West Bloomfield Logo                  
Contact Us | Jobs | FAQ
 
Subscribe to email notification
Facebook
Twitter
Google site search
  
  
 
 
   
 
 
Green Your Home

 

Read below for tips on greening your residence.

  1. Run your clothes washer with cold water whenever possible. Also consider allowing clothes to air dry (the old-fashioned way) rather than always using your dryer.
  2. Wash clothes and dishes in full loads for optimum water use.
  3. Garbage disposals use excessive amounts of water, so instead consider creating a compost pile.
  4. Install water efficient showerheads and aerators on faucets.
  5. Turn the water off in your shower or faucet when shaving or brushing your teeth.
  6. If you need to let your shower or bath run to heat up, catch the first bits of water and use it to water your houseplants.
  7. Skip the bath and take a shower, a quick shower.
  8. Place a water bottle filled with water or pennies in your toilet tank to reduce the amount of water used. Make sure the bottle is away from all operating mechanisms and that at least 3 gallons of water are left in the tank in order for the toilet to operate properly. Also consider purchasing low-flush toilets.
  9. Check for toilet leaks by placing a little food coloring in the tank. If within 30 minutes the color has run into the bowl, you need to have your toilet leak repaired.
  10. Recycle, recycle, recycle! This includes bringing in old cell phones to Town Hall for recycling, and utilizing the Household Hazardous Waste days for items that are not curbside recyclable.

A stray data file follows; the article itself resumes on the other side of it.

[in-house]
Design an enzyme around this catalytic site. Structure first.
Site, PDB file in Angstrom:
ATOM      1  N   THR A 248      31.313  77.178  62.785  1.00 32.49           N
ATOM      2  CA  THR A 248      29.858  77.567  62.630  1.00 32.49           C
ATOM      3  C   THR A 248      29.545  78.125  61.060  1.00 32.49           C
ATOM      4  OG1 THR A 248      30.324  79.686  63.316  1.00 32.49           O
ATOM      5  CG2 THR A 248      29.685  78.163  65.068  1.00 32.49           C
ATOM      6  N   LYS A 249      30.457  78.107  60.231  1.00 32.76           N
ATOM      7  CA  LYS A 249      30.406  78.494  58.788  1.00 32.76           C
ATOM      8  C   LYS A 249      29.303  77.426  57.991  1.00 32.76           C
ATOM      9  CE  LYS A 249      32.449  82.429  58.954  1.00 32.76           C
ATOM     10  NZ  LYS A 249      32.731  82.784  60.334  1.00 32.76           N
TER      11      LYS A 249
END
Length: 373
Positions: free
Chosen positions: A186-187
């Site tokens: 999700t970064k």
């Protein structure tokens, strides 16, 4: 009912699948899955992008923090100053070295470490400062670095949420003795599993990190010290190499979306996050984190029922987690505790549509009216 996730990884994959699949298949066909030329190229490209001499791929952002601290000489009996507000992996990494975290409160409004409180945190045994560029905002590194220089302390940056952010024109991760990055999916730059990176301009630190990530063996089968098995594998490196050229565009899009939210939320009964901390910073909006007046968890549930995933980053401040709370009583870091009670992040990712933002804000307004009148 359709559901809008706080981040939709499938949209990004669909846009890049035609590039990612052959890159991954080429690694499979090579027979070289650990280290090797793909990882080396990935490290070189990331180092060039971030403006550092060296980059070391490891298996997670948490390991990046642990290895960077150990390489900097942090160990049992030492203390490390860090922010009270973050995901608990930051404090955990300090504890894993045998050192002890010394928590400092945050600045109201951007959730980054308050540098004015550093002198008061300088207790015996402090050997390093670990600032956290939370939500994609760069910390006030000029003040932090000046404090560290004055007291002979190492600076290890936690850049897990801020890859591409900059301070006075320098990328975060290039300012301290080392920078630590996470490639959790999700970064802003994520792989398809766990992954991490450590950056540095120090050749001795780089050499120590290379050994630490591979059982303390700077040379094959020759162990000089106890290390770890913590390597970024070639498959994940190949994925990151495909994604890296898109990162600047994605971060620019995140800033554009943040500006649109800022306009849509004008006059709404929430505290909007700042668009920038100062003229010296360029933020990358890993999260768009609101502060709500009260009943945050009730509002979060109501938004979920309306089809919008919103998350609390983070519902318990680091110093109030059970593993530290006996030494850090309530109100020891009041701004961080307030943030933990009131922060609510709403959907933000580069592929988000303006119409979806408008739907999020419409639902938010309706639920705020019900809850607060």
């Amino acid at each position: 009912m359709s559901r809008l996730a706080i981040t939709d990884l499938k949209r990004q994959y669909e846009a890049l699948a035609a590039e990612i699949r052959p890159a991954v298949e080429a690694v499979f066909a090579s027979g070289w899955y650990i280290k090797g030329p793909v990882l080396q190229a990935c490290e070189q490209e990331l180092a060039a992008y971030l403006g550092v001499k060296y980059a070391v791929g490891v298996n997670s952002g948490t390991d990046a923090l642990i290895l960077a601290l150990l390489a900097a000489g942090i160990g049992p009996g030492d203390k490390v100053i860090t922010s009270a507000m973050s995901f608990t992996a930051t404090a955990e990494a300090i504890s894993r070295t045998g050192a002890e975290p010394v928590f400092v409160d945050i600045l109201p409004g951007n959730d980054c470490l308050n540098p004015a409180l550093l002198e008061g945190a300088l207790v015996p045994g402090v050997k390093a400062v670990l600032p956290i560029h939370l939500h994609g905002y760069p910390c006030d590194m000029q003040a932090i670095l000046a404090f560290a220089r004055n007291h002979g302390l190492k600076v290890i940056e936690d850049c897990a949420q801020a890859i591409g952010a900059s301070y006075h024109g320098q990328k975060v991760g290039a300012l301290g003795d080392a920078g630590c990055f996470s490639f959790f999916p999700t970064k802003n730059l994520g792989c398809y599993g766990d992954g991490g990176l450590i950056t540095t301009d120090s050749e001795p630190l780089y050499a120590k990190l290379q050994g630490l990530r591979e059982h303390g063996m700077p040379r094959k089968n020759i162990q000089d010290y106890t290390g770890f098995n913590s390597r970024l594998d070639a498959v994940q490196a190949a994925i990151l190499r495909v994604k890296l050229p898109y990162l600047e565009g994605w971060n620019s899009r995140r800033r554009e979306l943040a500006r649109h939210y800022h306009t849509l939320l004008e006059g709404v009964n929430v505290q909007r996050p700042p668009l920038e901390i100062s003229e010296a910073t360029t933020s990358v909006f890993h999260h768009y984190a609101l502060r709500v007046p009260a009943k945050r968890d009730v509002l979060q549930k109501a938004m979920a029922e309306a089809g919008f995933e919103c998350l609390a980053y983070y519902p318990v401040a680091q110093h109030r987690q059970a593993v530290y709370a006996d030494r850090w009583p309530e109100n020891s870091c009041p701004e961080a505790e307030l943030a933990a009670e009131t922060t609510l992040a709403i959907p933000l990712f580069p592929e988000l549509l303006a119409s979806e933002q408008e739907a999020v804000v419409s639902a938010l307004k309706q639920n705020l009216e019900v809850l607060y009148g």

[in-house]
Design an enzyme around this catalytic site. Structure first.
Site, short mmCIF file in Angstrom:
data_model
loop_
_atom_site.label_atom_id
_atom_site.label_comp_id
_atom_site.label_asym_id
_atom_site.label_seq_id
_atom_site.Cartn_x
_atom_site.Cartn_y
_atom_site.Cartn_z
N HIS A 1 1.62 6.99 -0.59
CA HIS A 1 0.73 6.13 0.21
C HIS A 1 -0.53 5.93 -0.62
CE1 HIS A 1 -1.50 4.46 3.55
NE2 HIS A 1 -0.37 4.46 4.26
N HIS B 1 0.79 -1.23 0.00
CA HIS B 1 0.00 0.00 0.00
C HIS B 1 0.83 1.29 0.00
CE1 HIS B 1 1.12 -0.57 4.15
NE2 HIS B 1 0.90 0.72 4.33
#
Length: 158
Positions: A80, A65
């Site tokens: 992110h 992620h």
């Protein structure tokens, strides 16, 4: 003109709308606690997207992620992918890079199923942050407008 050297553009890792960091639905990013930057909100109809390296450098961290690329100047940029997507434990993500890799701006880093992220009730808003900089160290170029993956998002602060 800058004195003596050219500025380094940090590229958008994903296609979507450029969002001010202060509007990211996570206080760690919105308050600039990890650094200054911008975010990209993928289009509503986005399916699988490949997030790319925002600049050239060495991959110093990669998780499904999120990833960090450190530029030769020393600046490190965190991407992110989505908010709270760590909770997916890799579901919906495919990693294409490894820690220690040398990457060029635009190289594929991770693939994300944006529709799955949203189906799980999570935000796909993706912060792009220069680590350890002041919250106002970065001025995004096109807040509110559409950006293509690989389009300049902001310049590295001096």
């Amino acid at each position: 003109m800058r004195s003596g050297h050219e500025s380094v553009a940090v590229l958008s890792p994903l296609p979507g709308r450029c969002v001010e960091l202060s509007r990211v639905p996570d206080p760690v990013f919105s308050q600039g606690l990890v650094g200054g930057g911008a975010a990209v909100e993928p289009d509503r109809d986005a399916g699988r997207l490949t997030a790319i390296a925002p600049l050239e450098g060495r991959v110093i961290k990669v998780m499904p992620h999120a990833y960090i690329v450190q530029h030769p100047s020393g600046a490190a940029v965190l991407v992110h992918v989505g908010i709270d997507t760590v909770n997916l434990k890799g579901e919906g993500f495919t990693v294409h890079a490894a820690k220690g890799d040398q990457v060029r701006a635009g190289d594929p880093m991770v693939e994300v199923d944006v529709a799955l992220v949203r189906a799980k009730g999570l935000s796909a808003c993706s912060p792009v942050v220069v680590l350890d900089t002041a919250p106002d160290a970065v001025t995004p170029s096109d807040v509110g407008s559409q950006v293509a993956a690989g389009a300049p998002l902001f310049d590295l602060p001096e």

11. Pay you bills online to avoid all that extra paper mail. Added bonus - no stamp required!
  12. Keep houseplants around to help filter your indoor air.
  13. Protect your family from Indoor Air Pollution.
  14. Limit your use of aerosols which usually cannot be recycled and may contain VOC's.
  15. Use reusable products such as cloth napkins or a permanent water bottle rather than purchasing one-time use items like paper napkins or bottled water.
  16. Plant trees. They absorb carbon dioxide, which is a big cause in global warming. They help reduce soil erosion, they welcome wildlife, and they can be a great place to meditate or play near. Also, the shade they provide in the summer can keep your home cool while in the winter they can block the cold windy air. Add shrubs and bushes for more protection.
  17. Consider building green.
  18. Buy Energy Star appliances. The Energy Star rating means the product is more energy efficient - on average, about 30% more efficient. This saves you money on your electricity bills and reduces pollution.
  19. UNPLUG. Unplug your appliances and electronics until they're being used. Even when shut off, these items use energy when plugged into the wall. So before leaving work or school, unplug those fans, stereos, coffee makers etc.
  20. Change your lighting over to energy efficient compact fluorescent light bulbs. They might cost more than a normal bulb, but they last much longer and save you money on your electric bills. For optimum brightness, check the color rendering index (CRI) - shoot for above 80.
  21. Ask your utility provider if they'll do an energy audit of your home.
  22. Ensure that their is plenty of insulation. Use weather-stripping around windows and doors to avoid drafts, and make sure ducts are properly insulated. Insulate water pipes to get hot water faster.
  23. Keep your house heated near 62 degrees in the winter, and have your AC set at 78 in the summer. A few degrees change from your normal temperatures can save you money, reduce pollution from energy usage, and go basically unnoticed by you and your family.
  24. Make sure all the filters in your home are clean and maintained. This includes heating and cooling system filters as well as filters on appliances such as the lint filter in your dryer.
  25. Clean the coils on the back of your fridge every six months to keep it running efficiently.
  26. Turn your hot water heater down a couple degrees.
  27. Eat at least one meatless meal a week. Producing meat is much more energy inefficient than eating the grains and plants that grow the animals you get your meat from.

 

 

Environmental Department Homepage